If you would like to find out how to write better faster, check out Syme’s course. I think she’s got a new one coming up this month. If not, sign up for her newsletter so you can stay updated about the next one. That’s how I heard about it. I signed up after one course was closed and then got signed up to the next one and I have no regrets.

Syme also has a new book out called Writer, You Need to Quit (and no, it’s not what you think).

Here’s the description:

The marketplace is crowded. The industry is moving fast. Everyone has opinions about how you should work and how you should run your business. If you’ve found this book, there’s a good chance you’ve heard them all. So, what am I saying that’s any different?

I’m saying, there are some things we all need to quit doing. What are they? Take a look inside and see.

Of course, you could still click away, and go about your business. Up to you, Neo. Red pill or blue pill?

I’ve coached a lot of writers–from the Uber-successful to the brand-new–and this book is a collection of what I’ve learned from watching patterns. There are some things we all need to quit, and I can tell you why.

So that’s pretty much all the musing I’m doing this Sunday. My coffee’s long gone cold and I might need something to eat before the caffeine hits me on an empty stomach.

What about you? What’s your personality type?

Why Do You Write Love Stories, Mom?

On the drive to school this morning, Lil Dude asked me why I write “love stories.” He’s just turned nine and has seen my books and keeps the first editions of them (the not so steamy ones) on his shelf.

I didn’t answer his question right away. I kinda hemmed and hawed before I realized that I was a bit embarrassed to write love stories instead of serious literary fiction ones. So I told him that I didn’t use to write love stories when I started out. I wrote women’s fiction, historical adventure fiction specifically, and then paranormal stories about vampires, changelings, and ghosts.

He made a face when he heard this but I added that with all the stories I wrote, many readers said the same thing: You write about relationships very well.

So to make a long story short, my readers made the decision for me. Sure, I write stories that have adventure, mystery, even a ghost or two depending on my mood, but in a world where everything needs to be put in categories, genres, and tropes, my readers helped guide me to the right lane.

I write love stories. Real and honest romance, as a few of them have said.

“I like your love stories, Mom,” he said and my day has been going great ever since.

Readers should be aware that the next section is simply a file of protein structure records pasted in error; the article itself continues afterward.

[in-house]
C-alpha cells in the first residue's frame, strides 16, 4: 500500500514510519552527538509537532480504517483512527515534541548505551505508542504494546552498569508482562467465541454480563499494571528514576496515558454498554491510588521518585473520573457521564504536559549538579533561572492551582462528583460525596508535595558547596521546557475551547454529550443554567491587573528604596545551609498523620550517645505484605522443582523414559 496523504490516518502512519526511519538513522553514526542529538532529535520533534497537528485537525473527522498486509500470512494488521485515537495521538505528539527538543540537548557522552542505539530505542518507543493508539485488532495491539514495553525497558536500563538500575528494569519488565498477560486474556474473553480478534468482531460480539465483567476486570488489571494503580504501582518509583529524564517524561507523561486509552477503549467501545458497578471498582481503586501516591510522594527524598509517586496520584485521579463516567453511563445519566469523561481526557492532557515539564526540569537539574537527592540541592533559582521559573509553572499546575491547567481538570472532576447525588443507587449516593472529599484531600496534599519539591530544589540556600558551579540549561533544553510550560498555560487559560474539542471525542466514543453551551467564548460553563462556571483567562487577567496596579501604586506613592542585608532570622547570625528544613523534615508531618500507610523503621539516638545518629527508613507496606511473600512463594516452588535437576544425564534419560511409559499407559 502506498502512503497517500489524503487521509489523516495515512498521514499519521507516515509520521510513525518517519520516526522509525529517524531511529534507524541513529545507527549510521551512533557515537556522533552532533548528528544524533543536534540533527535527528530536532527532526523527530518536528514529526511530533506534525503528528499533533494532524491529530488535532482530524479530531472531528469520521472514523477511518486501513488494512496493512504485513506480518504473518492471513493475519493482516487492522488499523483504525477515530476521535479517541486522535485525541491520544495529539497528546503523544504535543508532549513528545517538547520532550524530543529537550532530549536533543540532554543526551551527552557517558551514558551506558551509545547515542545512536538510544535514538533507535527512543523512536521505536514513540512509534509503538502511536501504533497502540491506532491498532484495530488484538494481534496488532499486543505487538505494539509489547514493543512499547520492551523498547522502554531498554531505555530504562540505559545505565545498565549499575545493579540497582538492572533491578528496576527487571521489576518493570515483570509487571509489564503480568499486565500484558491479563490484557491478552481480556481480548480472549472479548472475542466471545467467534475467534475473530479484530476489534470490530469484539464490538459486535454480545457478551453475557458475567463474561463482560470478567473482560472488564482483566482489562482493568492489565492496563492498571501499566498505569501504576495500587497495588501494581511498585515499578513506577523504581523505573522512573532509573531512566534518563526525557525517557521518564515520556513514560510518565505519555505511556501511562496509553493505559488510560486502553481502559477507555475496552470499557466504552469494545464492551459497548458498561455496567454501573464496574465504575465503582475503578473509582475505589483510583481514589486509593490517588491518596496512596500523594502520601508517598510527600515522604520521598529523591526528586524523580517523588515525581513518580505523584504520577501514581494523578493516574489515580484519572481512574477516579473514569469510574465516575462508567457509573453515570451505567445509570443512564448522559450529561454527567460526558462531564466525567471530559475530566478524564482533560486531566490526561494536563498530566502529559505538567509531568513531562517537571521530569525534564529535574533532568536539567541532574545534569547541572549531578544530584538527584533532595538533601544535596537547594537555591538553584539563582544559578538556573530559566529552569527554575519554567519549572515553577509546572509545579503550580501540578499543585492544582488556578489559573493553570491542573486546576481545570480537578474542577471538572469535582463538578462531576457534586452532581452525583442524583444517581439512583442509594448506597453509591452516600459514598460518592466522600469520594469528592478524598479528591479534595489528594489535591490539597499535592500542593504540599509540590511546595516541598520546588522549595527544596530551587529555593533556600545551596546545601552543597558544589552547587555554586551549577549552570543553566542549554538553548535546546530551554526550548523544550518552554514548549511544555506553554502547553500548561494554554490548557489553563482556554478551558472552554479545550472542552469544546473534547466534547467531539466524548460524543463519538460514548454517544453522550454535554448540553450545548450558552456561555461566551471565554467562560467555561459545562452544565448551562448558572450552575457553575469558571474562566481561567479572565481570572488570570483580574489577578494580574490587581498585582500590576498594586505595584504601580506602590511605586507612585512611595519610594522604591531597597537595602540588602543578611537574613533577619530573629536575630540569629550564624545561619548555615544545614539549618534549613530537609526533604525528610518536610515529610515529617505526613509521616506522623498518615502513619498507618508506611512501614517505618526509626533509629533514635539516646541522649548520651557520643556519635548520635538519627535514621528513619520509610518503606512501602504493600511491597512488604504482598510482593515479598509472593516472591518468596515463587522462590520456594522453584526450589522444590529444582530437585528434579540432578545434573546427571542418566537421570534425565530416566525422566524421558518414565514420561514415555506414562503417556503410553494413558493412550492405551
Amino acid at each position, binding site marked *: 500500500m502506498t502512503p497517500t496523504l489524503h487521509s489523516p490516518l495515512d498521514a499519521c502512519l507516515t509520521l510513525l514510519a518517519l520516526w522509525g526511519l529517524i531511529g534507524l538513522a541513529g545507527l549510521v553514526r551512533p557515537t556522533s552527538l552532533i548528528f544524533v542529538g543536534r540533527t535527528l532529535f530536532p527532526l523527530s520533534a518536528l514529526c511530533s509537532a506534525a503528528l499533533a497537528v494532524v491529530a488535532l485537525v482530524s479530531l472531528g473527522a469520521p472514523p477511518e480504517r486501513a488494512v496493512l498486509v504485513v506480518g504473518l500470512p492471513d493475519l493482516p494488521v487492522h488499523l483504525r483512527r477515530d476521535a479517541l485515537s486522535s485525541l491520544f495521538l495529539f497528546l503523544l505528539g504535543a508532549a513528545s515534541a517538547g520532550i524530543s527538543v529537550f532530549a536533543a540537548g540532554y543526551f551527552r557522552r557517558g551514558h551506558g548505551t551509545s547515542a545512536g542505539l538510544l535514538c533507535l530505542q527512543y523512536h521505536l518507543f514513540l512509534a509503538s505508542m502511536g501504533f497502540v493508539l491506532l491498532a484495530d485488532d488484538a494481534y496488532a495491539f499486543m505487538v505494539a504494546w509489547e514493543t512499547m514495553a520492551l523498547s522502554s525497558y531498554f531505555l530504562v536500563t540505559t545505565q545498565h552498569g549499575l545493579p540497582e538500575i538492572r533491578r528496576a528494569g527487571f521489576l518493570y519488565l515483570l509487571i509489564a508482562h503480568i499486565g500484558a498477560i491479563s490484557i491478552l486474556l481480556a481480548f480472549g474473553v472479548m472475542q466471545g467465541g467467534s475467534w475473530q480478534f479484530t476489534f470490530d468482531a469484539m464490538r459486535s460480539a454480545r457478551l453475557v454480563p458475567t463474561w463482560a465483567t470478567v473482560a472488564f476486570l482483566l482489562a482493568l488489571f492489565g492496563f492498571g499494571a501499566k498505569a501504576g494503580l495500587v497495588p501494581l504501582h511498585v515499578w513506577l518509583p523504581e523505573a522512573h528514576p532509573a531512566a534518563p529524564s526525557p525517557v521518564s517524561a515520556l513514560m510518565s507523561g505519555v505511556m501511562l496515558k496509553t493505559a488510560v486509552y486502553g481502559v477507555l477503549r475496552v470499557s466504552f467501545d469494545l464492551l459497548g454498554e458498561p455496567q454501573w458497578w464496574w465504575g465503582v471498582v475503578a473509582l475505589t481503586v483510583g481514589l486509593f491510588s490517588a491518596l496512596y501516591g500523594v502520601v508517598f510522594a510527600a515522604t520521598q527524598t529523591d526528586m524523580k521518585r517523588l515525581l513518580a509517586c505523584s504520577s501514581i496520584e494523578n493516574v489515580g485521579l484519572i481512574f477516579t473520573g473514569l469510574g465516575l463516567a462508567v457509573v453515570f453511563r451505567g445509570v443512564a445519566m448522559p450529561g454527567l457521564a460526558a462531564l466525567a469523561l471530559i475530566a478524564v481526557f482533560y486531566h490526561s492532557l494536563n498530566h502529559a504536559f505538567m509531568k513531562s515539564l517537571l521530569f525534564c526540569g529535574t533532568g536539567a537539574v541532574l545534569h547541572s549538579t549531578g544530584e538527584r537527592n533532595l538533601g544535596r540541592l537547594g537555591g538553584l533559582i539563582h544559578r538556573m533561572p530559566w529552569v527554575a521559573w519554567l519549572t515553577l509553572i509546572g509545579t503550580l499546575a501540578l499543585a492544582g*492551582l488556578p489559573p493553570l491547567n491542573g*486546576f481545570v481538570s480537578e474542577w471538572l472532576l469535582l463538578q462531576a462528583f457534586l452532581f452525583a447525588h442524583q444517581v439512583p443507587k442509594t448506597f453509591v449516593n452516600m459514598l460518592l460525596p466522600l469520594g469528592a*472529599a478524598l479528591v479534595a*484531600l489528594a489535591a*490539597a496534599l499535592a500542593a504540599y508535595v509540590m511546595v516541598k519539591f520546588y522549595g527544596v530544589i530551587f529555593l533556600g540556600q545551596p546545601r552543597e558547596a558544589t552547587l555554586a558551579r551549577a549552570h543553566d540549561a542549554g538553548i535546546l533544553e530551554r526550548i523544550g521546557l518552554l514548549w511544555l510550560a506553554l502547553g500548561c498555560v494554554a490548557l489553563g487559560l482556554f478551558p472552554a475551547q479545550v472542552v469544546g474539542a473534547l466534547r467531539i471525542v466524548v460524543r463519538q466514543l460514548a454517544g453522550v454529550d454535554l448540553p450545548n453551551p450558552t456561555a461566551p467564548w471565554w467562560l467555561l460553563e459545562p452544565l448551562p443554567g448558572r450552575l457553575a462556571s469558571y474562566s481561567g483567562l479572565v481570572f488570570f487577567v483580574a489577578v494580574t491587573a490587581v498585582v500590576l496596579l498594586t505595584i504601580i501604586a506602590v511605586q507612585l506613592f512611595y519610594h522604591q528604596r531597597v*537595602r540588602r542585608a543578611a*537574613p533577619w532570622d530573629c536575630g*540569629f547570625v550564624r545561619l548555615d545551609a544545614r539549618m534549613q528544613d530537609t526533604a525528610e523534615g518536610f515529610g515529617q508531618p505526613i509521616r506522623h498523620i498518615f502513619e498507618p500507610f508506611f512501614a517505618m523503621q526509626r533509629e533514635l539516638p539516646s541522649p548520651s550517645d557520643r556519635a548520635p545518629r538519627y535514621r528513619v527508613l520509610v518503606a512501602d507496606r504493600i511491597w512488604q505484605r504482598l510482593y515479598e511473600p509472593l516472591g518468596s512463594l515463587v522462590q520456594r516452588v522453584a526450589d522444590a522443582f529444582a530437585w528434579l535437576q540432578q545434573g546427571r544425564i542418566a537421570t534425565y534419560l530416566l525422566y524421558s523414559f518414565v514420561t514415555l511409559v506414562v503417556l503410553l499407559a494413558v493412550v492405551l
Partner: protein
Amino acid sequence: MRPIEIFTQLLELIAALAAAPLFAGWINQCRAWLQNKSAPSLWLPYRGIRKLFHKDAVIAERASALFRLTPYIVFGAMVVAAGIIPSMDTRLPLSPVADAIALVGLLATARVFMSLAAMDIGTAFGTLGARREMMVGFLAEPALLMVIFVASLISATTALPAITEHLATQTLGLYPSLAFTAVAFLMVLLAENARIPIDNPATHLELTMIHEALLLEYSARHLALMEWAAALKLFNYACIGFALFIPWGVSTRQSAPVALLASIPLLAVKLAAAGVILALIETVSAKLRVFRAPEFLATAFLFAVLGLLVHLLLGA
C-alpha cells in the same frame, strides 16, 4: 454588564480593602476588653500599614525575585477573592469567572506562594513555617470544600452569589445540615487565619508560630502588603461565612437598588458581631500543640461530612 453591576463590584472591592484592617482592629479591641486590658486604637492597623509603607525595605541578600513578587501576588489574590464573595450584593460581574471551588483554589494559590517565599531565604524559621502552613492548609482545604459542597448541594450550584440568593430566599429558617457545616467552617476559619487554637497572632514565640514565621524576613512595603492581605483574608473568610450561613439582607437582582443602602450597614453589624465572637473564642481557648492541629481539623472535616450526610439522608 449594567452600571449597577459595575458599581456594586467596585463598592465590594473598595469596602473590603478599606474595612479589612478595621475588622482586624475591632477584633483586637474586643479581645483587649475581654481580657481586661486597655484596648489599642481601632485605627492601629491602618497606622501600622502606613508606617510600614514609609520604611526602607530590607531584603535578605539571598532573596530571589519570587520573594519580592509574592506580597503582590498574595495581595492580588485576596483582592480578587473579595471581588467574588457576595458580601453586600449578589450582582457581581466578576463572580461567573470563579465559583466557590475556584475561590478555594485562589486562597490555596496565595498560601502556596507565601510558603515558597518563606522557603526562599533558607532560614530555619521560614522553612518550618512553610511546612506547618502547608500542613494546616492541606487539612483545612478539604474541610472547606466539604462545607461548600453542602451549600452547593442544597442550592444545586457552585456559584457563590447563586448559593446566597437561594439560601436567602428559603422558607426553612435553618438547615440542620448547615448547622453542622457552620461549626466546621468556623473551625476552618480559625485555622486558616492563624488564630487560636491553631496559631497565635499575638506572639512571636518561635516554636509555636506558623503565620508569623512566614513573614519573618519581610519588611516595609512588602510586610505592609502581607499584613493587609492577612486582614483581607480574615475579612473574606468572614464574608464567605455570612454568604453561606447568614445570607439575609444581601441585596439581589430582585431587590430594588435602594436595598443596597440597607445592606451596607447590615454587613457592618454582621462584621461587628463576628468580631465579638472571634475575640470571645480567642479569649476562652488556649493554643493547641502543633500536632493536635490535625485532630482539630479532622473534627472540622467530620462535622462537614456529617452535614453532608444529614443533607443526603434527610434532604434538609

Every Breath: A Valentine’s Day Slice-of-Life Novella falls on the very very steamy side of romance and will most likely not end up in LilDude’s bookshelf, but if you like steamy love stories, then definitely check it out! It’s scheduled for release on February 8, 2019.

Musings Over Coffee: Characters & Relationships We Need to Write About More

Saw this on Facebook but can’t find the source (but if you find it, please let me know) and so far, I’ve written at least eight of these characters although some of their stories have yet to be published.

Right now, I’m writing about a long-term couple who haven’t tied the knot yet. Like, twelve years? They’re not-so-minor characters in Everything She Ever Wanted but a pair that I wanted to write the prequel with which would have started the series properly. Only, I struggled to tell their story from twelve years earlier without giving so much away of what was the back story of Dax’s family and what would make him what he is. And so the early look at the series had to be set aside for a contemporary one instead, one that would lead to something, hopefully, more permanent.

Still, twelve years together and no ring? Is that ring really important?

Guess I’ll find out when I dive back into their world and let you know.

On another note, today is the day that The Replacement Fiancé goes wide to other retailers. Yesterday was its last day in Kindle Unlimited and today, the books went up for review on iBooks, Nook, Kobo, and Google Play. It’s amazing that I actually got organized enough to do all that but I did.

For those of you who wanted to read it but couldn’t while it was exclusive to Kindle Unlimited, here it is and I hope you enjoy Mariah and Logan’s cute journey!

This is such a cute book tackling the best friends to lovers AND fake fiance tropes and I’m quite proud of it. I even created the cover for both the ebook and the paperback. It’s a sweet story that features family as well and I guess I have a thing about featuring families in most of my stories, especially dinner scenes.